The winding stair: Francis Bacon, his rise and fall

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Doubleday, 1977 - Biography & Autobiography - 224 pages
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"All rising to great place is by a winding stair," wrote Sir Francis Bacon. It wasn't until he was 45 that Bacon's feet found the first step on that staircase, when King James I made him Solicitor-General, from where he rose through the ranks to become Lord Chancellor. Many accounts of the life of Sir Francis Bacon have been written for scholars, but du Maurier's aim was to paint a vivid portrait of this remarkable man for the common reader. In "The Winding Stair," she illuminates the considerable achievements of this Renaissance man as a writer, lawyer, philosopher, scientist, and politician. Dame Daphne du Maurier wrote more than 25 acclaimed novels, short stories, and plays, including "Rebecca" and "The House on the Strand. "She was also a passionate and skillful biographer.

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User Review  - MrsLee - LibraryThing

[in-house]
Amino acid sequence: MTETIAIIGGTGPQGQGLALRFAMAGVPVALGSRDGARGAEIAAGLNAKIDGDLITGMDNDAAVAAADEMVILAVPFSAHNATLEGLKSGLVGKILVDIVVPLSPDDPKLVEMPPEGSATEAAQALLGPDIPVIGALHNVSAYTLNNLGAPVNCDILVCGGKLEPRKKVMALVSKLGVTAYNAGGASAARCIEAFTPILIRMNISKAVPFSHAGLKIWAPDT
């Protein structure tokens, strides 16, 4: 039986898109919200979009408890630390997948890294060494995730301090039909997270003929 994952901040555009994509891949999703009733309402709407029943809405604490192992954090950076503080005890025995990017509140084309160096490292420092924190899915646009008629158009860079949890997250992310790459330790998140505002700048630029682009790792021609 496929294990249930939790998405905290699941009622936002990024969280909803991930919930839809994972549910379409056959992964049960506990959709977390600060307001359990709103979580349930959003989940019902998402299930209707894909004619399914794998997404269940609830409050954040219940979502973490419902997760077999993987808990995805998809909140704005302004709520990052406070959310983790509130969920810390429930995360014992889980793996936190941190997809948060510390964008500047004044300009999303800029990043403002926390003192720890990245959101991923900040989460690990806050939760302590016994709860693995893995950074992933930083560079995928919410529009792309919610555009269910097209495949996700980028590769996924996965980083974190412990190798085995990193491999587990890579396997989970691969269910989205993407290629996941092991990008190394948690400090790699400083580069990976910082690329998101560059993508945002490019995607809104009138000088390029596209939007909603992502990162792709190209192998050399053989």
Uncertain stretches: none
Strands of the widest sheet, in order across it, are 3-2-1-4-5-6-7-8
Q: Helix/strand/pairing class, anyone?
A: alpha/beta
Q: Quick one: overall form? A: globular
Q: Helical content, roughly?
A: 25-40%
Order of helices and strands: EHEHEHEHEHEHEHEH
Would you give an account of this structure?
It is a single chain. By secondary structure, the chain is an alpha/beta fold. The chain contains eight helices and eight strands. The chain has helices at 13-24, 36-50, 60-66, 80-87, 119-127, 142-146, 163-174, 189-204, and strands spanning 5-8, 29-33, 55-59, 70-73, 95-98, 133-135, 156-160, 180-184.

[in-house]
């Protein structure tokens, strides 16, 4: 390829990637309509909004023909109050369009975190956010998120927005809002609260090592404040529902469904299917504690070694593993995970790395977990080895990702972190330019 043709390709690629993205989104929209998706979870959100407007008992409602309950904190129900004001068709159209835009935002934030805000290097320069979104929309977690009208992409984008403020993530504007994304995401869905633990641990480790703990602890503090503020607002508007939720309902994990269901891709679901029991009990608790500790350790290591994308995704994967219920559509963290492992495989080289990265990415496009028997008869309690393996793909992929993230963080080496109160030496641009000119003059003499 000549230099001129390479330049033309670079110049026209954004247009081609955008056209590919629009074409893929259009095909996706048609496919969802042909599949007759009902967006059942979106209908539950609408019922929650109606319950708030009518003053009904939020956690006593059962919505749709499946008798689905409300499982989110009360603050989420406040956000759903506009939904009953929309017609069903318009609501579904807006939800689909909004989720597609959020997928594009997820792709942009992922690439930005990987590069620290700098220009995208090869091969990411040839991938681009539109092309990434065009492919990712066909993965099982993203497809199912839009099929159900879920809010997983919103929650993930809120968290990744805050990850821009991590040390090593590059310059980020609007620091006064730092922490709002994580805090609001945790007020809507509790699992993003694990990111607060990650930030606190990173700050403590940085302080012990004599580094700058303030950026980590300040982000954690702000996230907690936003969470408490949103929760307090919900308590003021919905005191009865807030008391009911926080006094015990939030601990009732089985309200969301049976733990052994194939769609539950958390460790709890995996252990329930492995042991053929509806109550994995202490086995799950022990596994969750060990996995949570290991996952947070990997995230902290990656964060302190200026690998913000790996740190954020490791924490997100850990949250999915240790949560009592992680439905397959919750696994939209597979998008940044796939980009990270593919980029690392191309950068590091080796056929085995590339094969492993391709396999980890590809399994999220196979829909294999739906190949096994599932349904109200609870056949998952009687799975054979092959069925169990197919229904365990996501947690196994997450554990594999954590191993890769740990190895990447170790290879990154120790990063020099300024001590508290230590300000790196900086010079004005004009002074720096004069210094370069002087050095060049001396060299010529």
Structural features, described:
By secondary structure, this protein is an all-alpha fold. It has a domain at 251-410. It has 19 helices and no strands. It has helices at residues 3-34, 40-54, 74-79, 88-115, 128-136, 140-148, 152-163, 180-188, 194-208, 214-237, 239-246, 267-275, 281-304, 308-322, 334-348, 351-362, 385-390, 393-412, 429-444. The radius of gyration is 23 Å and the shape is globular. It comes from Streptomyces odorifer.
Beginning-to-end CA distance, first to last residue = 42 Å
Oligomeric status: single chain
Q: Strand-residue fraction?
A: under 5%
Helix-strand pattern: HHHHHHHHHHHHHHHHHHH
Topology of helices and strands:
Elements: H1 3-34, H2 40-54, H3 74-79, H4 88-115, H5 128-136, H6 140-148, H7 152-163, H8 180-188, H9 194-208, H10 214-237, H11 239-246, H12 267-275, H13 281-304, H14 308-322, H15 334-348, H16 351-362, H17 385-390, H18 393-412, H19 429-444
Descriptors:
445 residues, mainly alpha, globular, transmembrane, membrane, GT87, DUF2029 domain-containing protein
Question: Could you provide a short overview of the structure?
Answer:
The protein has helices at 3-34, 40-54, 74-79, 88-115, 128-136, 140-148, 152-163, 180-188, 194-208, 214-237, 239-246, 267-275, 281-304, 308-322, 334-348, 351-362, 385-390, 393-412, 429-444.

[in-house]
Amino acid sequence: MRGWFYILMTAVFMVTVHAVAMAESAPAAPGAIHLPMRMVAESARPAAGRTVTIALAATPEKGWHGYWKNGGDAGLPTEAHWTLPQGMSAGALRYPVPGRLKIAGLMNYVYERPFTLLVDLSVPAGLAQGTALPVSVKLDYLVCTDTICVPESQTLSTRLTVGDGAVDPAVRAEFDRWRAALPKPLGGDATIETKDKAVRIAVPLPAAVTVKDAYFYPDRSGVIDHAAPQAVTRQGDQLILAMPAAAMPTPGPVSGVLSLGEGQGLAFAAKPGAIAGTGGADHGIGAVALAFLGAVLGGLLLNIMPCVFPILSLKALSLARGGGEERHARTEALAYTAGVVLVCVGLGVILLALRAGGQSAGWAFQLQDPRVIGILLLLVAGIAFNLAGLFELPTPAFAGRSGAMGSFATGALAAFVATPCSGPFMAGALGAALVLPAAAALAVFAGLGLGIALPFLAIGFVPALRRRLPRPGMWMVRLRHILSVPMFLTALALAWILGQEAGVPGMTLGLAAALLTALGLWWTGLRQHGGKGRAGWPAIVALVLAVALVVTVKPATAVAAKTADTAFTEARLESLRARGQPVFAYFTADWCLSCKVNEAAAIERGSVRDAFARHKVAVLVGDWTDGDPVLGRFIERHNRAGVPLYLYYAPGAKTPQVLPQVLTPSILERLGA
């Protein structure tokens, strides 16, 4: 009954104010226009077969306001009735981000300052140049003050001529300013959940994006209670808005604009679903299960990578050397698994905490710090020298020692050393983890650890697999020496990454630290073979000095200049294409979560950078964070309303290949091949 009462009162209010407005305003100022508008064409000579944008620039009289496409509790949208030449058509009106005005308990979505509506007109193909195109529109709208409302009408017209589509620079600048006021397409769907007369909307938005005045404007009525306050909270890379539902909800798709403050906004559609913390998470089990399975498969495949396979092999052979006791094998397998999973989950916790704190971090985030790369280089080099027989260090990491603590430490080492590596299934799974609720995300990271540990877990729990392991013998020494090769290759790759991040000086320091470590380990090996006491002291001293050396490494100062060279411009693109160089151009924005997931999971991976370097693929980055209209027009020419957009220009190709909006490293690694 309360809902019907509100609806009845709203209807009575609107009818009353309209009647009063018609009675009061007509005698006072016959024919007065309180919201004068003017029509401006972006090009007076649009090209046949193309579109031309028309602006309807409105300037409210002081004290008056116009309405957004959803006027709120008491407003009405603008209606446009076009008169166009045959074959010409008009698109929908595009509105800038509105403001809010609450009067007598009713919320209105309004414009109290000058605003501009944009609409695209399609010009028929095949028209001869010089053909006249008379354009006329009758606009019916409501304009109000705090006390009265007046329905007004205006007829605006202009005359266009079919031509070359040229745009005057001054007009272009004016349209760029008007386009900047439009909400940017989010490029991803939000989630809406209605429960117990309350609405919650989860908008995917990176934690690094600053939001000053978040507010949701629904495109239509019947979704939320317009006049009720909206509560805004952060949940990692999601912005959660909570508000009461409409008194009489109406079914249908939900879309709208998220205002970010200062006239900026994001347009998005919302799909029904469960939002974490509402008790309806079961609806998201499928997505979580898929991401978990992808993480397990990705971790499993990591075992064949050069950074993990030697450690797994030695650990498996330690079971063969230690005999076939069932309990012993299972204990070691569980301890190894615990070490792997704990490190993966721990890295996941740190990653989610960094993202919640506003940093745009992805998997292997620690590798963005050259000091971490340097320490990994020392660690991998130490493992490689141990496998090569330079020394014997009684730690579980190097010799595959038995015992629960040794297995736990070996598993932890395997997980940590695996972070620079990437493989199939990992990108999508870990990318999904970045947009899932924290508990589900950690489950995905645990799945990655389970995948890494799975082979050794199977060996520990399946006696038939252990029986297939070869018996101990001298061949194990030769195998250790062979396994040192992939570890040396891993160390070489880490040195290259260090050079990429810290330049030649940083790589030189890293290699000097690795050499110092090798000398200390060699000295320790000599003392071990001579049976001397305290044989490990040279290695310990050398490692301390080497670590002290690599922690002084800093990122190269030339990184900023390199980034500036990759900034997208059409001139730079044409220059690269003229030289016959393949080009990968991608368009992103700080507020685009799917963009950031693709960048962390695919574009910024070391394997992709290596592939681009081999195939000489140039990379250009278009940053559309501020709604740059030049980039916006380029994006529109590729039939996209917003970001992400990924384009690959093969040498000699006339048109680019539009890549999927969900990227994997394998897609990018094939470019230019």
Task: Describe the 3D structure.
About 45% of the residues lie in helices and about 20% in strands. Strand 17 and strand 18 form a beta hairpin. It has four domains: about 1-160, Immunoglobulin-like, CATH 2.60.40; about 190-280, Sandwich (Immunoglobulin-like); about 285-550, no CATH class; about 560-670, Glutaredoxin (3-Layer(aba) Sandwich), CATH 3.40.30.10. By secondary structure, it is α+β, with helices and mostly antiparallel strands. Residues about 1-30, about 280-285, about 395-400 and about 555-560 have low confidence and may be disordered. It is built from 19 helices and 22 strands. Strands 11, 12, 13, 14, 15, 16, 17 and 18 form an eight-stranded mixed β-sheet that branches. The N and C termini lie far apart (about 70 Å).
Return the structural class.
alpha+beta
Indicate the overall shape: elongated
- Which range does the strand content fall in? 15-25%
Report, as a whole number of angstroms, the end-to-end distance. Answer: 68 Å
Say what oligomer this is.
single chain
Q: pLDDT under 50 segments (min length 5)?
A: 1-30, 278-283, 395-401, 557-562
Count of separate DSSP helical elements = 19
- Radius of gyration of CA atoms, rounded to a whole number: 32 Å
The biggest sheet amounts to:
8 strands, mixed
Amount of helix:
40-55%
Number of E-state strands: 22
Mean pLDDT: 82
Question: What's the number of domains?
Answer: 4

It took some skimming, but I've finally finished [The Winding Stair] by du Maurier. I read the introduction by Francis King after I finished and wondered if we had read the same book? My thoughts are ... Read full review

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About the author (1977)

Daphne Du Maurier was born in London on May 13, 1907 and educated in Paris. In 1932, she married Lieutenant-General Sir Frederick Browning. She began writing short stories of mystery and suspense for magazines in 1928, a collection of which appeared as The Apple Tree in 1952. Her first novel, The Loving Spirit, was published in 1931. Her tightly woven, highly suspenseful plots and her strong characters make her stories perfect for adaptation to film or television. Among her many novels that were made into successful films are Jamaica Inn (1936), Rebecca (1938), Frenchman's Creek (1941), Hungry Hill (1943), My Cousin Rachel (1952), and The Scapegoat (1957). Her short story The Birds (1953) was brought to screen by director Alfred Hitchcock in a treatment that has become a classic horror-suspense film. She died on April 19, 1989 at the age of 81.

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